Philip Morris USA celebrates 40th anniversary of Richmond plant

Philip Morris USA, the country's leading cigarette manufacturer, is celebrating the 40th anniversary of its Richmond manufacturing center. We sat down with the company's CEO to talk about the impact Philip Morris has had on the community, and what its future holds.

Philip Morris first had a plant at Stockton and 20th Street in Richmond. Then the company built its manufacturing center next to Interstate 95 in 1973. On the outside, the building looks much the same today. Inside however, technology has advanced from producing 200 million cigarettes a day, to 600 million today.

Barbara Monroe has worked there entire time. "I was a box attender, did a lot of miscellaneous work, it was hard. Everything was basically manual. But as years went on, everything has gotten a little better." She looked at us, gleaming, "Technology."

Philip Morris USA President and CEO Billy Gifford, a 19 year veteran of the company himself, has watched Philip Morris and its parent company Altria grow.  The company reports that taxes Altria paid, plus taxes paid on total tobacco sales, made up 6.6% of Virginia's tax revenue in 2012.

Philip Morris and Altria now employ nearly 4000 people locally.  Said Gifford, "We actually have some 3rd and 4th generation families out on the floor, where their mother and father and grandmother and grandfather also worked here."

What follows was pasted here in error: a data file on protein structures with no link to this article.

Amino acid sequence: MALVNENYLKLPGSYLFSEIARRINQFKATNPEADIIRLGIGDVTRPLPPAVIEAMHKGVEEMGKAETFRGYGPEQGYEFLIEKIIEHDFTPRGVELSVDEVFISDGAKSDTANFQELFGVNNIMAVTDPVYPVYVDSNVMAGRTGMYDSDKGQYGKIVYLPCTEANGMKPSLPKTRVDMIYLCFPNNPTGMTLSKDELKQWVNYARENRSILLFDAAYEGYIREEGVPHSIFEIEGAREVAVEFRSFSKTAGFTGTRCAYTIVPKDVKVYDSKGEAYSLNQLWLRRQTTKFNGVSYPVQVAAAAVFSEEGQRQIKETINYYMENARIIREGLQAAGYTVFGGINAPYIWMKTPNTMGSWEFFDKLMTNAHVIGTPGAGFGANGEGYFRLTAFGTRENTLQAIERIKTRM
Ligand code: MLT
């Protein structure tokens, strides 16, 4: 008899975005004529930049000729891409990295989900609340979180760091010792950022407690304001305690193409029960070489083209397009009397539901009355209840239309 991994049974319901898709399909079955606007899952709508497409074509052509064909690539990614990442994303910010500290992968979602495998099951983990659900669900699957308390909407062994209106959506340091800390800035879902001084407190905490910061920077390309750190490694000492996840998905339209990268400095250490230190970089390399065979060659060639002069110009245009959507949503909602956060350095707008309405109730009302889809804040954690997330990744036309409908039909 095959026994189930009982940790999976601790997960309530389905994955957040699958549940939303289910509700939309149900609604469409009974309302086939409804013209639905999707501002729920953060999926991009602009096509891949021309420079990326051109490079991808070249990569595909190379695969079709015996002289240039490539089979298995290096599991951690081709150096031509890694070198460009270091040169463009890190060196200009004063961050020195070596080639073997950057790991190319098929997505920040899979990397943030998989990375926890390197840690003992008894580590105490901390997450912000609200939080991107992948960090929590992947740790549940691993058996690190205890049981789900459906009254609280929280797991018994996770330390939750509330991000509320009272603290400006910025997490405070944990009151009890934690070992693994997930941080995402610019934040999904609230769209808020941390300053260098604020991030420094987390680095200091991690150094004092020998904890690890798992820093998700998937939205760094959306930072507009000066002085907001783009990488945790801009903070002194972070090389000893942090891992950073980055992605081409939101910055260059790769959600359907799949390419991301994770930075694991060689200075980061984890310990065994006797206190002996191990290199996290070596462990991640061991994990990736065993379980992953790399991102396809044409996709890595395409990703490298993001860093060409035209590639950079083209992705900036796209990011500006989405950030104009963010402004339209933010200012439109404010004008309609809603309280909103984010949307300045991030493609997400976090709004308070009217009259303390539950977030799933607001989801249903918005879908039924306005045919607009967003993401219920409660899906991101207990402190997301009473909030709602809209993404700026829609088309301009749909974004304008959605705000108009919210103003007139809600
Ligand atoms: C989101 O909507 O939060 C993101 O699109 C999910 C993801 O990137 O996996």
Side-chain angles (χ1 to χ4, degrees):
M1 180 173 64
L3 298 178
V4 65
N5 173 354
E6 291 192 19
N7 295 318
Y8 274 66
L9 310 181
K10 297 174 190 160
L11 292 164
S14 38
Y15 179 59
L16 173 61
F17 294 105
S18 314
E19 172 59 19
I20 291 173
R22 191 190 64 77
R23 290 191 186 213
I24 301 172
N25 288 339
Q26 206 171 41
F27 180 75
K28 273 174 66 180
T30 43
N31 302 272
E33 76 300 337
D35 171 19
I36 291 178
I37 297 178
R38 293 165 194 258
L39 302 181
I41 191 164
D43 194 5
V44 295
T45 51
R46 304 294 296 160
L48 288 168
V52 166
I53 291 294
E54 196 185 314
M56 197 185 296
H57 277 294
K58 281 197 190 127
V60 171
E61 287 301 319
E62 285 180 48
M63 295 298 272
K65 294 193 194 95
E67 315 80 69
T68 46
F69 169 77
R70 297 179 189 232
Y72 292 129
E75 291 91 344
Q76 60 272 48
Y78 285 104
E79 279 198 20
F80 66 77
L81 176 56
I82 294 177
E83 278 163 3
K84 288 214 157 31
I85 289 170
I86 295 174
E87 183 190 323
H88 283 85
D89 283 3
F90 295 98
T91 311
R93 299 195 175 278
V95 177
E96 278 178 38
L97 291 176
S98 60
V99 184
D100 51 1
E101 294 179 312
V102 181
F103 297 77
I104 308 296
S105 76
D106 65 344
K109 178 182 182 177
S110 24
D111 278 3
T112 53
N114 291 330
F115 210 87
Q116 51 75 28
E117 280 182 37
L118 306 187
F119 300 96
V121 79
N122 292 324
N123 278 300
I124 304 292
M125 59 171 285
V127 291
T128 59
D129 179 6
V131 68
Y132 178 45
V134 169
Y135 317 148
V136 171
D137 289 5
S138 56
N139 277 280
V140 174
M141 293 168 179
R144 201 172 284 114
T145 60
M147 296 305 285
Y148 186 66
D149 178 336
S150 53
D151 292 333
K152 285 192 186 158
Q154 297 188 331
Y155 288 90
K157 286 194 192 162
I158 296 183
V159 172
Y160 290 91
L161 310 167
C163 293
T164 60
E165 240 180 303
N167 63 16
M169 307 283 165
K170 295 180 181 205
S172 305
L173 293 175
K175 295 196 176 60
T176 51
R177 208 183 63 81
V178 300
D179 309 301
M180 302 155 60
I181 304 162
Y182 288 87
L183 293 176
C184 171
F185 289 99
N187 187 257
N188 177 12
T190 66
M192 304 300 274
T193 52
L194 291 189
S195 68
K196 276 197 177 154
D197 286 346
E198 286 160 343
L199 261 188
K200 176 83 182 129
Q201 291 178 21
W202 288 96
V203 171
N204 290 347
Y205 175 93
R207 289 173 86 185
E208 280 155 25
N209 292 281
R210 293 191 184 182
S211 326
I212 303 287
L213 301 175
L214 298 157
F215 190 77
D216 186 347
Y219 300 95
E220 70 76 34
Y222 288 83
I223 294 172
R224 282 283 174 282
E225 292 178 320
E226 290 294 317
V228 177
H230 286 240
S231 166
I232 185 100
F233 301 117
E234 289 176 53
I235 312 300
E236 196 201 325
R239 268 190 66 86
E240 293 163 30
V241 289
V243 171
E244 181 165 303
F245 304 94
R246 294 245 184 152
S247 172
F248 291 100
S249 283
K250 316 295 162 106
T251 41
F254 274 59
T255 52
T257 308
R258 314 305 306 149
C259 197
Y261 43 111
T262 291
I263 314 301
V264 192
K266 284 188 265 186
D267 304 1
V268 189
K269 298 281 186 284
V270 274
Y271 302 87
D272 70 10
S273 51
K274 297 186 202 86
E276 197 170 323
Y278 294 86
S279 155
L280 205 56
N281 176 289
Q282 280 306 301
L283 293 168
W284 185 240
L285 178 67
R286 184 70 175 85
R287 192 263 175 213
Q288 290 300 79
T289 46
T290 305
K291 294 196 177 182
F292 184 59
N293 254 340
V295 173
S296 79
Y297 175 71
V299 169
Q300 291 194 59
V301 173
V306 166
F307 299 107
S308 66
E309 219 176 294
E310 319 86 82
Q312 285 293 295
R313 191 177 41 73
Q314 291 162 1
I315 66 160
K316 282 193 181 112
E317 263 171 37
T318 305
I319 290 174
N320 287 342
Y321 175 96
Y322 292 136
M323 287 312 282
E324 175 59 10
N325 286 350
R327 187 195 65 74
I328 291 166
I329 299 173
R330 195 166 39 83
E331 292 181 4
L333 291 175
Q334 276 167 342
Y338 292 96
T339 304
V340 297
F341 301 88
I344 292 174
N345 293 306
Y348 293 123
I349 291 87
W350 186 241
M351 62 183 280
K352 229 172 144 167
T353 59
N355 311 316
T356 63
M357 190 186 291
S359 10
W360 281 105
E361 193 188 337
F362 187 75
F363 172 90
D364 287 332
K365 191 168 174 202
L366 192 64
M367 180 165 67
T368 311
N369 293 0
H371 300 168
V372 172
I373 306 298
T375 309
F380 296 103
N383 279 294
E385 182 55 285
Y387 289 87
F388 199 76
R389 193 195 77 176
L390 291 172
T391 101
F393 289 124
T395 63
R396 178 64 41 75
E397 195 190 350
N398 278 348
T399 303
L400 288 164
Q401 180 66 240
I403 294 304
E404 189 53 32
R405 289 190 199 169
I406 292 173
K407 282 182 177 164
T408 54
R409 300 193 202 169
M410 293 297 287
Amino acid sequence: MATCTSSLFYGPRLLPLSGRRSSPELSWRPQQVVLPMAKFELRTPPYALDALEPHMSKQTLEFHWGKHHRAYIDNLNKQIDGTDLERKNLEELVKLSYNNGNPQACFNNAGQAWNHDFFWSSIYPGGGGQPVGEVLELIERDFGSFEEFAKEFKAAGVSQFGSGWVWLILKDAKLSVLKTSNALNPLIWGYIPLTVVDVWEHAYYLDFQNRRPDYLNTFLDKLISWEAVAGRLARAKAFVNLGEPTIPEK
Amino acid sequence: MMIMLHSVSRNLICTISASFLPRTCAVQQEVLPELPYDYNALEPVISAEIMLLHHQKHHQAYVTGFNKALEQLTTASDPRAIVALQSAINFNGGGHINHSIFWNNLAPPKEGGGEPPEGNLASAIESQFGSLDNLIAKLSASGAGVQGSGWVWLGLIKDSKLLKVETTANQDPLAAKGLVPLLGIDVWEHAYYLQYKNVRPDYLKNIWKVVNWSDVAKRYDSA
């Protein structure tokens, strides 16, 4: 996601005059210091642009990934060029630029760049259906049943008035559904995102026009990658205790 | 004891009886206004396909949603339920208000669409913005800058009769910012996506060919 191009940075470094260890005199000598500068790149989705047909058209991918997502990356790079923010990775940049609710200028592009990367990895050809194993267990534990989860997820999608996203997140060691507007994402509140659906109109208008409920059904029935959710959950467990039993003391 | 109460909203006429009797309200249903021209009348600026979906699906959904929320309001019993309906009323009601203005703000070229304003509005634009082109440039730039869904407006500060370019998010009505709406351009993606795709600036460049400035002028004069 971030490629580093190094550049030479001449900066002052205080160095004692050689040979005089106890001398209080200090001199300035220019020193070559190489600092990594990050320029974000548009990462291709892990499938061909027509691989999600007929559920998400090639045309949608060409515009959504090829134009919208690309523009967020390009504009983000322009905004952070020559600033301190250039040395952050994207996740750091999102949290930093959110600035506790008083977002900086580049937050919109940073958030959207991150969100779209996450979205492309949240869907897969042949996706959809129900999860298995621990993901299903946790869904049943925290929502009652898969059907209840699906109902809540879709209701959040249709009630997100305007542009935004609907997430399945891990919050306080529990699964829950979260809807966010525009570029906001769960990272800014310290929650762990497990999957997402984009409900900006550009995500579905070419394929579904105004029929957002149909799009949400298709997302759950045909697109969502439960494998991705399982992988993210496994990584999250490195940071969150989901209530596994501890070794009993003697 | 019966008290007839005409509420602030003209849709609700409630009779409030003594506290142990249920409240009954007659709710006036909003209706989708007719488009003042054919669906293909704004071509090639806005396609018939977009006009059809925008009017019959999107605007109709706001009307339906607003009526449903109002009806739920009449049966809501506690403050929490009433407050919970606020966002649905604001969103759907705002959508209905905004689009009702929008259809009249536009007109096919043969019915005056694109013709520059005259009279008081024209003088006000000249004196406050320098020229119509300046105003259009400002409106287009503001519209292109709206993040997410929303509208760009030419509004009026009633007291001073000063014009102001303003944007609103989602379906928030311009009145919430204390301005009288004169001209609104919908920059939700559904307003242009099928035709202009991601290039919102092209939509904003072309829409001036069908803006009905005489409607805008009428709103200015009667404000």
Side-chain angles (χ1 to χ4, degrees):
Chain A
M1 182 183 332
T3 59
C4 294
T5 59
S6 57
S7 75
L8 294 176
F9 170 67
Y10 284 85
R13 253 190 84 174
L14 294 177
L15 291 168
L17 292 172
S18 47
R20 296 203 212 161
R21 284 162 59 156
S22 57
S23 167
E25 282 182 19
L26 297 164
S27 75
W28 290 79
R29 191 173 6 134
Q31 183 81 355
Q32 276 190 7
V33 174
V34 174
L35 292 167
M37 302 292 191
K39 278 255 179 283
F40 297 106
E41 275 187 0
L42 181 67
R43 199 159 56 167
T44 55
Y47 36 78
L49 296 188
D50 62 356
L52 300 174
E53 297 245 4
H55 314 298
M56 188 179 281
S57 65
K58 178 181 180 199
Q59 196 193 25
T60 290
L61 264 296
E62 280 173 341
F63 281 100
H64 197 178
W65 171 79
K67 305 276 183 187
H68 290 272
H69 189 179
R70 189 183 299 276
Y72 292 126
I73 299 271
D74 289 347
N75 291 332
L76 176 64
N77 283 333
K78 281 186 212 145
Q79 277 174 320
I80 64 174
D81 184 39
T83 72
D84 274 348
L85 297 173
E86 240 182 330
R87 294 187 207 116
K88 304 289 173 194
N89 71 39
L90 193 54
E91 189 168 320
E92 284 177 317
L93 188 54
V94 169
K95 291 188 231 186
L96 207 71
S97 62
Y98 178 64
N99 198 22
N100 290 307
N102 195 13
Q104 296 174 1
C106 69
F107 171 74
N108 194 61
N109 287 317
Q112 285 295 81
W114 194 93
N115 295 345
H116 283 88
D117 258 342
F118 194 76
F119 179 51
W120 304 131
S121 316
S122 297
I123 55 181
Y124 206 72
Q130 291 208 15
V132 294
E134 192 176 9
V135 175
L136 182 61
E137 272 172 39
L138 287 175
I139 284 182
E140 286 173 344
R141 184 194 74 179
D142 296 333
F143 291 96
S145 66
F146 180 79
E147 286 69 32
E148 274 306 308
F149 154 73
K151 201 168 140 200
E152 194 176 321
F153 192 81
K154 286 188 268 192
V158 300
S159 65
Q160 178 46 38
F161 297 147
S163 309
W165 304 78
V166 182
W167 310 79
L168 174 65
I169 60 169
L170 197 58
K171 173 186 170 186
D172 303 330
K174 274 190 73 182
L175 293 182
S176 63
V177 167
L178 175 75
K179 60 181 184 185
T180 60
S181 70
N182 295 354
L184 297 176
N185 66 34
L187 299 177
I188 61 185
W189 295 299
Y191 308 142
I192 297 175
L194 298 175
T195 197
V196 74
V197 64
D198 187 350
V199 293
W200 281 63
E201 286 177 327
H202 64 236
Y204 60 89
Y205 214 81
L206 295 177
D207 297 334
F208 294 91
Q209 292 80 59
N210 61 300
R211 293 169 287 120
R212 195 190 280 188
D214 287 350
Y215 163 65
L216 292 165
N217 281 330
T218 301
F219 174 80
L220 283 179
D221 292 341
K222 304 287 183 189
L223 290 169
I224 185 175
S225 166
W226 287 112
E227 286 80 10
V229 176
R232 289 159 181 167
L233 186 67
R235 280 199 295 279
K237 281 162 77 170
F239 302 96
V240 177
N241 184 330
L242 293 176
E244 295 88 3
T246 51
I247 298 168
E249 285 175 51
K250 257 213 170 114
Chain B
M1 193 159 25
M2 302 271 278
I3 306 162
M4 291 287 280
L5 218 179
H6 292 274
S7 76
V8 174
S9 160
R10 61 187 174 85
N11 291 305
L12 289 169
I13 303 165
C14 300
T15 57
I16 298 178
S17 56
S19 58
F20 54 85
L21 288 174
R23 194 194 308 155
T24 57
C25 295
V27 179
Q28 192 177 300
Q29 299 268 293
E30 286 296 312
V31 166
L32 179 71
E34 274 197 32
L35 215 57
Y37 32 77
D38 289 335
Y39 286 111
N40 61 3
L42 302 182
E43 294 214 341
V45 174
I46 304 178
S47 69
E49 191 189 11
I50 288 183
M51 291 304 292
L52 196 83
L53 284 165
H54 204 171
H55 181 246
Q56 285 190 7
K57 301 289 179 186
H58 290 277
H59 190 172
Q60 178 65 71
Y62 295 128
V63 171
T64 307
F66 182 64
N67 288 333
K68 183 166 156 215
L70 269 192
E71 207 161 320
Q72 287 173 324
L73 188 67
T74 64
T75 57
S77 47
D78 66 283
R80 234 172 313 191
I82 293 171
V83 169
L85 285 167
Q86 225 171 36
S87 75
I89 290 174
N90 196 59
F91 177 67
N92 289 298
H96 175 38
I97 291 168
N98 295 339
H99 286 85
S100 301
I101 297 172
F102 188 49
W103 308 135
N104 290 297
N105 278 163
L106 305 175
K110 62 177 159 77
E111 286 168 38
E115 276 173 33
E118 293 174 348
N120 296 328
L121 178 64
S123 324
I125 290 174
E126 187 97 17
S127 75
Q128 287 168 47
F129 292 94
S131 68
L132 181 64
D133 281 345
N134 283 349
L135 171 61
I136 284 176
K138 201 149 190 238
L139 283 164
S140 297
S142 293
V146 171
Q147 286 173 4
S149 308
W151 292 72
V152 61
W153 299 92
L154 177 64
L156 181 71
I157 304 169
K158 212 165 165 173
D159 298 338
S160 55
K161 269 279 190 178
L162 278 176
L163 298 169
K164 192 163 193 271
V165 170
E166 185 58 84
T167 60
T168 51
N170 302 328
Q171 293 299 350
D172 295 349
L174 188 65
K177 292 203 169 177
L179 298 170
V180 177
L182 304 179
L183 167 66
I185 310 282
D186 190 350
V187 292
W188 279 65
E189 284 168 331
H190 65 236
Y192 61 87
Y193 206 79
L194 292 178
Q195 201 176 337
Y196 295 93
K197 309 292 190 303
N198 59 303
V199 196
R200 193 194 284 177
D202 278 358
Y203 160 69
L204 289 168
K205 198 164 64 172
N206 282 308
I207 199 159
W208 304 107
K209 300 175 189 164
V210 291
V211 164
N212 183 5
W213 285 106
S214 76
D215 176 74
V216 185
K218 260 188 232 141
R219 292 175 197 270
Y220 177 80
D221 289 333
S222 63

But as stability and longevity have been key to the company's past, it's finding adaptability is the key to their future.

As smoking rates decline, and electronic cigarettes have taken off, Altria is test marketing e-cigarette MarkTen right now in Indiana.

"What we want to gain from that is how the consumer ... what they want out of an e-cigarette, and that experience that they have," said Gifford.

Philip Morris won't have to put the FDA-proposed graphic warning labels on its boxes after a federal judge ruled them out. But the company now faces a challenge many companies face. It just ramped up hiring as baby boomers are retiring.

Said Gifford, "As with any company when you have people retire, you have to replace them. So we'll be looking for replacements for retirees as we go."

Monroe retires next year, a rare worker who actually worked for the same company her entire career.

"It was fun because we had a lot of people and we laughed and joked all during the day," Monroe recalled. "So it was fun."